Sunday, April 01, 2012

Is Climate Change a Mental Health Emergency?

It'a possibility but since we live in an era of unusual temperature stability (see above) and natural disasters are not particularly frequent, there's not much point speculating

Tornadoes and wildfires, floods and droughts have caused people mental anguish since time eternal. If climate change makes storms more powerful and disrupts weather patterns that have existed for millennia, will it fray our mental health?

That is the subject of a recent report by the National Wildlife Federation that explores how the uncertainty and upheaval caused by erratic weather might cause more Americans to become depressed, anxious and even suicidal, and what might be done to prepare for it.

We may not agree on the reason, but there’s little question that the United States has been on a streak of wild weather recently. The report took some of its observations from 2011, which included the record-breaking Texas drought and its associated wildfires, an East Coast heat wave, and floods in the East and Midwest, and a crazy tornado season.

The report, based on the conclusions of a high-powered panel of psychiatrists, psychologists, and public-health and climate experts, made some sobering assessments. Two hundred million Americans will be subject to stress because of climate change, it concluded.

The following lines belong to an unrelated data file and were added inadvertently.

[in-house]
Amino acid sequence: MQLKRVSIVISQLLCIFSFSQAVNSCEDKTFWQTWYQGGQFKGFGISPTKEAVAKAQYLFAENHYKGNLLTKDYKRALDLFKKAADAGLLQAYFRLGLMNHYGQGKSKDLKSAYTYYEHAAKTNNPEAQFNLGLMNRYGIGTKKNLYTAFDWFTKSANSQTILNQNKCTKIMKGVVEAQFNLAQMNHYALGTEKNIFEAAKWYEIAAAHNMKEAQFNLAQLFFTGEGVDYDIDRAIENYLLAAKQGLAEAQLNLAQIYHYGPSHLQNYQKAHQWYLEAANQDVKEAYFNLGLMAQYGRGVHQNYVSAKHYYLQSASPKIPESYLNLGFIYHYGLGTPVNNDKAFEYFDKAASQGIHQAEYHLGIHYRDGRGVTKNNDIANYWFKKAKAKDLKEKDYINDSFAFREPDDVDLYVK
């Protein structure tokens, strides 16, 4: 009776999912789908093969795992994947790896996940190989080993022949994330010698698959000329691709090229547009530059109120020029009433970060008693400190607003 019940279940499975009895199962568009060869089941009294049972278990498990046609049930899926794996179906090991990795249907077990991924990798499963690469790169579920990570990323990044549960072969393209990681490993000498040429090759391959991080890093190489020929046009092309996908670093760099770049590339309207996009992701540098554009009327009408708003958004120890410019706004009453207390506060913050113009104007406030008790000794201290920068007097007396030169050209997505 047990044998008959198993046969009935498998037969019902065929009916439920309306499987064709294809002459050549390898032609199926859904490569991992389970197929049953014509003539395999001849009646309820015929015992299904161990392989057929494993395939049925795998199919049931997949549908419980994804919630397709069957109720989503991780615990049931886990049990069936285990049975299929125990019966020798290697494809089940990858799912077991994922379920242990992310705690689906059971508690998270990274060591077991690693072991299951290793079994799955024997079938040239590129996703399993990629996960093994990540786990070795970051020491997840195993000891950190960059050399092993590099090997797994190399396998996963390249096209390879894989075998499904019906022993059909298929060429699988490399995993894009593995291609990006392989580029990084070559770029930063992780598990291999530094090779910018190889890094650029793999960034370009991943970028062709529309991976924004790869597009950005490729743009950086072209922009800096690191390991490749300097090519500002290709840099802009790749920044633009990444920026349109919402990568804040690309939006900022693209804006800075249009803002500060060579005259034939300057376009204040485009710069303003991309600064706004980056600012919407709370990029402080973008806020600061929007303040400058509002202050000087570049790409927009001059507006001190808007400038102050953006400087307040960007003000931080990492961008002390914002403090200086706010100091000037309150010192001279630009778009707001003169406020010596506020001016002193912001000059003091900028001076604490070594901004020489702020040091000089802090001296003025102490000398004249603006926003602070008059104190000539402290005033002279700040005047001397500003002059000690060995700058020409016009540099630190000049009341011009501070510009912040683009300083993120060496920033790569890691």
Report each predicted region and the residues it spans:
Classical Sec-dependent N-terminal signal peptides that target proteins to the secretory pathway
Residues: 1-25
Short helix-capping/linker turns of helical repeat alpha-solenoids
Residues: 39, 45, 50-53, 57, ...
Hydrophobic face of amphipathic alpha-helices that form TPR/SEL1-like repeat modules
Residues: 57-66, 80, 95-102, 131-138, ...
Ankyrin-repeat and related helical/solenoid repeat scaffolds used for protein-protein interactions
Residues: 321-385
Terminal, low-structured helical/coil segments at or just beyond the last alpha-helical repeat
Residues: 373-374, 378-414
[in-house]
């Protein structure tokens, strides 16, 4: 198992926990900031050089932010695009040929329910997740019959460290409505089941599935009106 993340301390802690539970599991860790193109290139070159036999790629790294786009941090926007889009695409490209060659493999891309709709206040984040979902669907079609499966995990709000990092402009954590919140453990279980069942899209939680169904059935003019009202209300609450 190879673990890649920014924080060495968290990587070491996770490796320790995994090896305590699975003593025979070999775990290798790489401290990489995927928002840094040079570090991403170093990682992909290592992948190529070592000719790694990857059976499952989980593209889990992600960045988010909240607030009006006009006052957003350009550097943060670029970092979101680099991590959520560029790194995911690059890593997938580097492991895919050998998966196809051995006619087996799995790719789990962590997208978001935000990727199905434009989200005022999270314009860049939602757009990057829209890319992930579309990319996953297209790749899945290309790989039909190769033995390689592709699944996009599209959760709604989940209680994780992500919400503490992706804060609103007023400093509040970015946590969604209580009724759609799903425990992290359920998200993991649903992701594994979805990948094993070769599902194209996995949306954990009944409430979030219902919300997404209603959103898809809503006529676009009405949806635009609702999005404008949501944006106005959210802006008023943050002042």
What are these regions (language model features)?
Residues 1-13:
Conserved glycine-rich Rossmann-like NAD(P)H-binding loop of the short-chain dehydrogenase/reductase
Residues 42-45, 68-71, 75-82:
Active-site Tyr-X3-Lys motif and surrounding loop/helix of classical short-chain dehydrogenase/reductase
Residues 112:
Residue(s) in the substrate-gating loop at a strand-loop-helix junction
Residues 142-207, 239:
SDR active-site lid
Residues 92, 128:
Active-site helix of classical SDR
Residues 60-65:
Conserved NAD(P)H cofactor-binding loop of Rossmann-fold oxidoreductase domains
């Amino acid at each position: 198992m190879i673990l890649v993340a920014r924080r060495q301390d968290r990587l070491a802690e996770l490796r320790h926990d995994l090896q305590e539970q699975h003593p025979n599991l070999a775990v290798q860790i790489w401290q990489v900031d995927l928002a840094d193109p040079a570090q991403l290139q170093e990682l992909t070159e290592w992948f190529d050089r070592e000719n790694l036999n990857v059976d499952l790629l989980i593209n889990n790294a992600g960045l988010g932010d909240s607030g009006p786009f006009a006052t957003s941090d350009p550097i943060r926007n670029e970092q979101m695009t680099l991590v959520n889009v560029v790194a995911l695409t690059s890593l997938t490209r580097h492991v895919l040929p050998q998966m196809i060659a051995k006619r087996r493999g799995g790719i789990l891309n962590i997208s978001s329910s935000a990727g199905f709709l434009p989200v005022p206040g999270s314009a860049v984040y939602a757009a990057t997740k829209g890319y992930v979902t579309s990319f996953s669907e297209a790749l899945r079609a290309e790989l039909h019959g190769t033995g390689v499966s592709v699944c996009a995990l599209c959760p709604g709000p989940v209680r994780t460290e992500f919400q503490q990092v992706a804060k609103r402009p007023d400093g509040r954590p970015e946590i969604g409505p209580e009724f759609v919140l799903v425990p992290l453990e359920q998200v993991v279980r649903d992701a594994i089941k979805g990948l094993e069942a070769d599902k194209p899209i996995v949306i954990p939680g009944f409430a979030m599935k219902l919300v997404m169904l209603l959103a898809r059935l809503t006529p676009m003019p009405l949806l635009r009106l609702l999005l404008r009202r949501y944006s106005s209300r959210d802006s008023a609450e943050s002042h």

Coastal storms and sea level rise will affect half of all Americans who live near the coasts, and the 70 percent who live in cities subject to heat waves. Swollen rivers will break their banks as they pass through major cities. Prolonged drought will cause farmers and their families to suffer. And some mental maladies may be chronic, because with weather you never know what’s going to happen next.

The $300 billion the nation spends each year on mental health services and associated loss of work time will probably rise.

“We may not currently be thinking about how heavy the toll on our psyche will be, but, before long, we will know only too well,” wrote the authors, Lise van Susteren, a forensic psychiatrist, and Kevin Coyle, the National Wildlife Federation’s educational director. “A warming climate will cause many people, tens of millions, to hurt profoundly.”

The panel predicted a rise in depression, anxiety, post-traumatic stress disorder, substance abuse, suicide and violence. The burden will fall especially on children, the elderly and those with existing mental problems, as well as the poor and disadvantaged who are, for example, less able to pay for air conditioning during a heat wave.

Victims may also include members of the military, who will be sent abroad to assist with foreign disasters and will bring the psychological scars back home.


US Tornado Report – 2011

NOAA have just about finalised their numbers for the 2011 tornado season, although December figures still await confirmation. (It usually takes about three months to confirm the provisional reports as each tornado report has to be physically assessed by NWS personnel, in order to determine the category and, in many cases, even decide whether a tornado has actually occurred). So let’s take a look at the figures, as they stand currently.

Historical Trends